KU expert on distracted driving supports National Transportation Safety Board’s recommendation to ban cellphone use

The federal National Transportation Safety Board recommended this week that cellphones be banned for drivers. It's a move praised by Paul Atchley, an associate professor of psychology at Kansas University. Kansas is one of 35 states to have banned texting and driving, but does not have laws regulating cellphone use while driving.

A Kansas University professor who has studied distracted driving praised the National Transportation Safety Board’s recommendation this week to ban cellphone use while driving.

The recommendation, which includes a ban on hands-free devices, is well-supported by research in the field, said Paul Atchley, a KU associate professor of psychology.

Atchley said many media reports focused on a double-fatality crash: an Aug. 5, 2010, accident near Gray Summit, Mo., involving a pickup truck, a tractor truck and two school buses. Besides the fatalities, including a 15-year-old, 38 were injured in the crash.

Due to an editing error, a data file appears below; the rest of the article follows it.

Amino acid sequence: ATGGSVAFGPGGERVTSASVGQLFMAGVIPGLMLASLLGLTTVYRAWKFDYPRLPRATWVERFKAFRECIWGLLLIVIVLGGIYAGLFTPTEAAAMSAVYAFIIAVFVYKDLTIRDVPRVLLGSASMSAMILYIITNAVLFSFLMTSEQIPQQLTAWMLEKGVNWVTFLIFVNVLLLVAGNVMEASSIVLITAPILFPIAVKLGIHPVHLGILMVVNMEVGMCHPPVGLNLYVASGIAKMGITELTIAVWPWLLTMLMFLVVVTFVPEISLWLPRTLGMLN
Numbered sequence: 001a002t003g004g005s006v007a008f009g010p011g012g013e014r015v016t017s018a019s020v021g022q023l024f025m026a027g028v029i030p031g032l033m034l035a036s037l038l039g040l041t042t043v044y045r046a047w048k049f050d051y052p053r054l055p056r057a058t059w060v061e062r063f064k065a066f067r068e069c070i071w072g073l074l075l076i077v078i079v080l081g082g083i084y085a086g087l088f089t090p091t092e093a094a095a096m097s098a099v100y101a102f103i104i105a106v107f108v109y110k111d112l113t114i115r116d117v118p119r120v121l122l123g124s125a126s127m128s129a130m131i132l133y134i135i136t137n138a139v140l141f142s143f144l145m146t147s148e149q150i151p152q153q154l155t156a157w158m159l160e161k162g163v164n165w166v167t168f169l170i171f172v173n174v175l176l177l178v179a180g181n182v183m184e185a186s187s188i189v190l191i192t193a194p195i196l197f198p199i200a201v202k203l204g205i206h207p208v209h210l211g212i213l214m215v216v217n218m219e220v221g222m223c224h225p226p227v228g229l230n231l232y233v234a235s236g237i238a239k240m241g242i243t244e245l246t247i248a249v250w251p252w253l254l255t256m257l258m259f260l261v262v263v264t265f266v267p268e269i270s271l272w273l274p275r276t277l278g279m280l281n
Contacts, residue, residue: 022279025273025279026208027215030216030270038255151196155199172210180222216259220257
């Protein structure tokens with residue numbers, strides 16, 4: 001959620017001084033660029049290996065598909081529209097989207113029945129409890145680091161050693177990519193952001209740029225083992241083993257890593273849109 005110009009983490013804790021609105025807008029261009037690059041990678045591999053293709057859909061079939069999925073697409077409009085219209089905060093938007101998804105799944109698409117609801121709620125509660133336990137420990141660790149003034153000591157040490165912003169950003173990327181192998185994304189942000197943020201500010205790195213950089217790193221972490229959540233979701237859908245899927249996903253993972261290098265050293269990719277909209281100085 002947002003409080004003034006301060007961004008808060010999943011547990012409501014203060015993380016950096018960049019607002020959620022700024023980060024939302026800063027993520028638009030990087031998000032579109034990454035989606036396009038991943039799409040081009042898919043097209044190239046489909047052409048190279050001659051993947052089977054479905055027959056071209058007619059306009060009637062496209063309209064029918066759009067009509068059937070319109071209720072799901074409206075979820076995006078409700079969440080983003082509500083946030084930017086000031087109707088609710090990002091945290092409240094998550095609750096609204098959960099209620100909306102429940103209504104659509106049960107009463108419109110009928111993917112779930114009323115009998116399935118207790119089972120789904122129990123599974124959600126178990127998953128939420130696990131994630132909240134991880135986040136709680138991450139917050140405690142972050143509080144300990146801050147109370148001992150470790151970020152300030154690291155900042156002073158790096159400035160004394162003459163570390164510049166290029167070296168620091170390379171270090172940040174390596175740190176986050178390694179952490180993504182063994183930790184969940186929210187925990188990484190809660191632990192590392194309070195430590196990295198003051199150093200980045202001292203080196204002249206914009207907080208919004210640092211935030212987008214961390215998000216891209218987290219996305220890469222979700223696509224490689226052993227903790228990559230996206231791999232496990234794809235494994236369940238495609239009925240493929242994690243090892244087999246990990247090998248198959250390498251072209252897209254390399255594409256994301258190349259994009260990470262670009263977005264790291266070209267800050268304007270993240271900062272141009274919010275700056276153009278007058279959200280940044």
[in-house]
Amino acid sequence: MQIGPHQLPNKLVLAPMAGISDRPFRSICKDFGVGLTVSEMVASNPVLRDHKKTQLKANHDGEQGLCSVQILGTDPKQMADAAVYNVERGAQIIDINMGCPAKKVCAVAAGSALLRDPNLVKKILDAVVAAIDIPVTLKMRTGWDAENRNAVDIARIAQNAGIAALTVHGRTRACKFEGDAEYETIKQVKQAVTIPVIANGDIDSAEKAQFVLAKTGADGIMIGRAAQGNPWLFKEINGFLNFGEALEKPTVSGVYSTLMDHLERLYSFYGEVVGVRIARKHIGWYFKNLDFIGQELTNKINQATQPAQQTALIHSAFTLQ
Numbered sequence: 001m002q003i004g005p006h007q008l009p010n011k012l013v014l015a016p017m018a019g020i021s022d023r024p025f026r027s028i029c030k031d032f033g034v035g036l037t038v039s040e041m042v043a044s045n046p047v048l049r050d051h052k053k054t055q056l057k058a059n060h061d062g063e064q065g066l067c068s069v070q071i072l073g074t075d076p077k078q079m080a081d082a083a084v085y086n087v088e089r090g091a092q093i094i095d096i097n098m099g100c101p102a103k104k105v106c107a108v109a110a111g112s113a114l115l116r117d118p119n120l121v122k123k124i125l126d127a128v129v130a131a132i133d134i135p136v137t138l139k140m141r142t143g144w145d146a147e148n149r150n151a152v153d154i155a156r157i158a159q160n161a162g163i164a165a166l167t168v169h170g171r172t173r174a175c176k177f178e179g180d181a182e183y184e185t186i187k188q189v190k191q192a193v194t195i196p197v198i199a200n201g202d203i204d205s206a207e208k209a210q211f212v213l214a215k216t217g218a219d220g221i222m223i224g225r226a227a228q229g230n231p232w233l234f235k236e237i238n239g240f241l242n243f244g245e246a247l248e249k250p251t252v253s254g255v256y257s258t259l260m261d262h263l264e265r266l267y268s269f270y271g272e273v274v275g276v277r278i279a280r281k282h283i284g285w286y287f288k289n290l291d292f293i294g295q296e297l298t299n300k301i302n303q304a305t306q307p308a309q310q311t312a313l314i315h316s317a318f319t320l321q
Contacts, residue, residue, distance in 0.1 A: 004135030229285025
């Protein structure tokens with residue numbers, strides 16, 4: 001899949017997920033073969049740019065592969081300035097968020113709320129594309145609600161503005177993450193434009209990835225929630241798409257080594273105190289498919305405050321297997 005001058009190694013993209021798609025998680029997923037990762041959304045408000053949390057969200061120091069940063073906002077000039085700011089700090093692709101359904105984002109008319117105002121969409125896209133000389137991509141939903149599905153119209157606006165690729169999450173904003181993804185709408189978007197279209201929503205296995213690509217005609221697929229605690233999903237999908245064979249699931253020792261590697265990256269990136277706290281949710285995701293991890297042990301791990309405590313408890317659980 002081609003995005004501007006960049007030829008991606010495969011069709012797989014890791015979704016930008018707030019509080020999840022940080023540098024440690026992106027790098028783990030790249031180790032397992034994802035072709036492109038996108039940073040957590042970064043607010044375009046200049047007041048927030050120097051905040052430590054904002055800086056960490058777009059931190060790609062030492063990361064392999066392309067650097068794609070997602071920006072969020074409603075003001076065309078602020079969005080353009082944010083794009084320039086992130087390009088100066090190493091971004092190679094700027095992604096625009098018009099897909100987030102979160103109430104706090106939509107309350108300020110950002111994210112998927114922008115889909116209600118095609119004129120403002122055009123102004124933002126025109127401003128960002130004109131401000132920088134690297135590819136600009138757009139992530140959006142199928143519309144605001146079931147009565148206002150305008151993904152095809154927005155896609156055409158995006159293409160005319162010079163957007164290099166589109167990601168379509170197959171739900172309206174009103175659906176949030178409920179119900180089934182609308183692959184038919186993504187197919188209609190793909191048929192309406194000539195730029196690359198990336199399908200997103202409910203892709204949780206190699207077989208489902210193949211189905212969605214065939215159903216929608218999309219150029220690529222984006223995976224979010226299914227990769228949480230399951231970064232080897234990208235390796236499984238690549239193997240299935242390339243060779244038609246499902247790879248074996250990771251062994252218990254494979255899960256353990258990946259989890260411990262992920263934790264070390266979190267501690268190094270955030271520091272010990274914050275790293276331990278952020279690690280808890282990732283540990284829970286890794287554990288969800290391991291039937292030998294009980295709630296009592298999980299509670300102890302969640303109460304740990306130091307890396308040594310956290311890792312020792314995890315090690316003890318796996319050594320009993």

The 19-year-old pickup truck driver, who also died in the crash, sent and received 11 texts in the 11 minutes before the crash.

“Driving was not his only priority,” said Deborah Hersman, NTSB chairman. “No call, no text, no update is worth a human life.”

Kansas is one of 35 states with a ban on texting and driving, Atchley said, but doesn’t have any laws regulating cellphone use while driving. Nine states have such laws, he said, none of which bans hands-free devices. The United States as a whole lags behind countries with more restrictions on cellphones and other devices while driving.

Enforcement remains an issue, Atchley said, particularly through the courts.

Some areas, such as Chicago, have had success in law enforcement working with the courts to effectively enforce texting bans, but such cases are still rare, he said.

The statistics are well-documented, Atchley said. Researchers have found any type of phone use, including hands-free devices, increases the likelihood of a crash by four to four and a half times, a similar rate to drunken driving. Texting and driving increases the likelihood of a crash by six to eight times.

“Put it in the trunk,” Atchley said. “That’s what I tell my students to do.”

Material from The Associated Press was used in this report.